A Community of Support
From One Caregiver to Another

When your loved one receives a diagnosis of ALS, you transition into a new role as a caregiver. This may happen gradually, over time, or quickly, catching you off guard and unprepared. Regardless of where you are in your caregiving journey, hearing from others who are in a similar situation can add insight, comfort and support. These caregivers and people living with ALS have shared their thoughts and advice so that you can be assured that you are not alone.

We encourage you to connect with other caregivers through your local chapter or online forums. Often the best support comes from those who have walked the path before you, and along the way you will have advice to share with those who follow.

Advice for Caregivers

“I think with something this big and this scary, the more you can learn and the more you poke at it and explore it, and really understand it, the more you do that, the less scary it gets.”

Donnie Graham and Jan Steinbock share their advice for caregivers and how to prepare for the changes that come with living with ALS.


Approaching the Difficult Issues

“Just knowing there were people to help and that no matter what we did, we didn’t have to make it a miserable experience. We could choose to basically attack this in a way on our own terms.”

Donnie Graham and Jan Steinbock talk about dealing with the difficult issues related to ALS progression and how they have chosen to approach life with ALS.


Talking with Kids

“I read somewhere, talk with your children openly, but only give them pieces they can handle, pieces at a time, and end on something hopeful and a high note.”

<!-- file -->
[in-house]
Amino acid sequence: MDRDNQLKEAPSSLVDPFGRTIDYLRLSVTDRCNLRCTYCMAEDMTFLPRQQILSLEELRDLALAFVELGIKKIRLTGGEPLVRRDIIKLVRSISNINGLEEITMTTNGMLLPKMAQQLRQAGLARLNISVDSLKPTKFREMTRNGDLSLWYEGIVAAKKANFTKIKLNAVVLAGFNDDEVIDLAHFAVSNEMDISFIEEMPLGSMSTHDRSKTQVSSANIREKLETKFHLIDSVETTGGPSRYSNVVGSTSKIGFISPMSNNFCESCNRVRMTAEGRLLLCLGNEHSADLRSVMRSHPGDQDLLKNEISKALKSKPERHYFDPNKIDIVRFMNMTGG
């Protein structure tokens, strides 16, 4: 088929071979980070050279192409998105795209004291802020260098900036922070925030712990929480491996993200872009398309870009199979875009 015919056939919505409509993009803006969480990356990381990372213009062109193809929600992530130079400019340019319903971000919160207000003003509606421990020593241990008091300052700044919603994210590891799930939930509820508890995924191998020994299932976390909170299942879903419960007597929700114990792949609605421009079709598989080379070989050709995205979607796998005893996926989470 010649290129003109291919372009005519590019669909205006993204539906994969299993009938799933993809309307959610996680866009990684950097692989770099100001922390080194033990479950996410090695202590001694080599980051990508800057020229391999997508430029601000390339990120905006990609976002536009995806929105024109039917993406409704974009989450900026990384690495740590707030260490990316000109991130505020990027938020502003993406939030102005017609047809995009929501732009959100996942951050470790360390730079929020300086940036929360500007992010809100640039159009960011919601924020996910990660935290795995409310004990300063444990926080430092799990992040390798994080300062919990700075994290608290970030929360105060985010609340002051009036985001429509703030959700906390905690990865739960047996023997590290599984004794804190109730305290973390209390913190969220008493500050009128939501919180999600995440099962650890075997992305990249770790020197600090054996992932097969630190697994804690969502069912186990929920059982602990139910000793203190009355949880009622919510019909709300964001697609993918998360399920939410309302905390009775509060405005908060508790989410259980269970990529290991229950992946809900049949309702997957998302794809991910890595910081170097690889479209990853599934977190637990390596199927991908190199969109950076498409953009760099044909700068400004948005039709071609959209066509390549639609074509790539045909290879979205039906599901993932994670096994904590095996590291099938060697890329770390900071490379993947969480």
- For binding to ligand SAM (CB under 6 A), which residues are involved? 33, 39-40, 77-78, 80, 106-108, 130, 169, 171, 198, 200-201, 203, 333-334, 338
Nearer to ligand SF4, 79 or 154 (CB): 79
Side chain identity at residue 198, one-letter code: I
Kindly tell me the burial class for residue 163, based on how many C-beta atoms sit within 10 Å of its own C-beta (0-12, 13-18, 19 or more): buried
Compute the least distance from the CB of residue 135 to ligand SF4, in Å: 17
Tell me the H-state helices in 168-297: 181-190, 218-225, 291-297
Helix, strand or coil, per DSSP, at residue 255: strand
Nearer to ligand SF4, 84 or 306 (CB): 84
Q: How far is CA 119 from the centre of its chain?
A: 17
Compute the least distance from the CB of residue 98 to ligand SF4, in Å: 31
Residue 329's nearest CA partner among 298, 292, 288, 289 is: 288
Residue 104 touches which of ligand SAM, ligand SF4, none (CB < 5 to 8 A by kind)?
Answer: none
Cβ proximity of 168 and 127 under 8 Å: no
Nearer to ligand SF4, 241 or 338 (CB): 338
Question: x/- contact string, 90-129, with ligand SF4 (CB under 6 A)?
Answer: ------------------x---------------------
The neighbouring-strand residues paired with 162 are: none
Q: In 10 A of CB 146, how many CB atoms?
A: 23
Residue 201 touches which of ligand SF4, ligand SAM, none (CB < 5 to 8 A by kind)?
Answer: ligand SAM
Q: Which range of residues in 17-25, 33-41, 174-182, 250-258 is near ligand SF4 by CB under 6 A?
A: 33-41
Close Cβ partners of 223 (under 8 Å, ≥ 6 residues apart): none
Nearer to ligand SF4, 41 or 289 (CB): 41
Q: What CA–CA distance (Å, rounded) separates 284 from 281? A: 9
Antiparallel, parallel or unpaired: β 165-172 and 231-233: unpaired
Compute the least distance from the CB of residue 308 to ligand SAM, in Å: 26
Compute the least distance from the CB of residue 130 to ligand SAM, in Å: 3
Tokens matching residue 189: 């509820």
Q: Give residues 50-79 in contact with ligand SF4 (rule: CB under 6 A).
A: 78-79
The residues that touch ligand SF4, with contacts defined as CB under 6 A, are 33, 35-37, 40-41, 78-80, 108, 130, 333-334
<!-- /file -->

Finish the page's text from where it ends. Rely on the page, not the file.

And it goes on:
Courtney VanTress talks about how her and her husband Jeremy have educated and prepared their kids for living with ALS.


Being a Young Adult Caregiver

"It's just hard to make a decision about the rest of your life when you don't really know what's going to happen in a year from now, because things with this disease change so often."

Being a caregiver as a young adult has its own set of challenges and difficult decisions. Maya Bulmer shares her perspective on her mom’s diagnosis.

Maya and family


Maintaining a Sense of Normal

“We both have jobs and we both go to his son’s baseball practices or hockey practices or watch whatever’s on TV that night. So, interweaved in all of the caregiving and the time that we have to put in to take care of the disease, we try to be a normal family.”

Lynn Ziegler talks about caregiving for her husband Steve, who was diagnosed while they were dating.

Ziegler family
Print Friendly and PDF